Khanim Rahim Lateef
Director of Asuda, NGO.
Founder of the first women's protection shelter providing refuge to victims of gender based violence and honor killing.
Advisor to Global Fund for Women for Middle East North Africa.
Member of Frontline Defenders International and Amnesty International.
Khanim Rahim Lateef is the Director of Asuda, an independent NGO for combating violence against women. Lateef joined Asuda in 2001, and one year later founded the Asuda’s Women Shelter, which was the first women protection shelter in Iraq, despite all of the religious, cultural, social, and political constraints and the absence of a law about women shelter and women’s rights violations in Iraq. She has a bachelor’s degree in Law and Political Science from the University of Human Development in Sulaimaniyah, Iraq.
In addition to her work at Asuda, Lateef has been an Advisor to Global Fund for Women for Middle East North Africa since 2015, a member of Frontline Defenders International since 2010, and a member of Amnesty International since 2006. In the 2005 election, Lateef was selected as an independent candidate for Iraqi National Assembly and thrived in endorsing the 25% quota for women participation in the future legislative authorities in Iraq/National Assembly. Lateef has also published several booklets and books on gender based violations in Iraq. Her "Consequences of Violence against Women" in Kurdish was referenced by many journalists and writers. As a result of her leadership in humanitarianism and combating gender based violence, Lateef was one of the four women leaders to be awarded the 2016 Vital Voices Global Leadership Award.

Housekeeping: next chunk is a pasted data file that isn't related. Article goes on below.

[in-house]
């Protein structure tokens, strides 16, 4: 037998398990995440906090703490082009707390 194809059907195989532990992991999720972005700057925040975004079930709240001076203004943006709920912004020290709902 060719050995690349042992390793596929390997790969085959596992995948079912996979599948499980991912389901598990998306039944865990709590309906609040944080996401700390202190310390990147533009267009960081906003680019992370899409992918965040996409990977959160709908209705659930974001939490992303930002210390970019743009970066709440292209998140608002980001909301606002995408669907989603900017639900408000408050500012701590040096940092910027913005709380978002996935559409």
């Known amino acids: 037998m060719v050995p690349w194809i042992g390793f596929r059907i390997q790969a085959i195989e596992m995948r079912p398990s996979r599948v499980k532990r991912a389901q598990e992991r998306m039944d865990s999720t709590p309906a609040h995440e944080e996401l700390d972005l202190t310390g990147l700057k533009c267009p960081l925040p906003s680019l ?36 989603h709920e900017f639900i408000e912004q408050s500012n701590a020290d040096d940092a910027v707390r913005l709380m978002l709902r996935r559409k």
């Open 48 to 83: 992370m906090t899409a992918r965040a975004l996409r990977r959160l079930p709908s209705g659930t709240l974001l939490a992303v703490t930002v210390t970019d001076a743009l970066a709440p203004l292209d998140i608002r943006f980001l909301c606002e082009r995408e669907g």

Lateef has been working tirelessly to combat violence against women, domestic violence, threats of honor killings, female genital mutilation, gender-based violence, and sexual violence. Under Lateef’s leadership, Asuda has been instrumental in providing direct emergency assistance, medical assistance, psychological services, and livelihood support to thousands survivors of gender-based violence, including Syrian refugees and Internal Displaced Peoples. After the Islamic States kidnapped tens of thousands of Yazidi women and girls, Asuda sought out survivors to determine their needs and bring awareness of their plight to the international community. Lateef was among the first people to bring international NGOs’ attention to the issue. Asuda has directly assisted hundreds of Yazidi women, who have been rescued from or fled under ISIS control and who have been kidnapped, raped, put into hard labor, and bought and sold like commodities. Currently, Lateef is working on increasing the political participation of grassroot women. She thrives to engage men and boys in the combat of violence against women and to involve the marginalized groups, minorities, and women in politics.
Last modified: 01/09/2019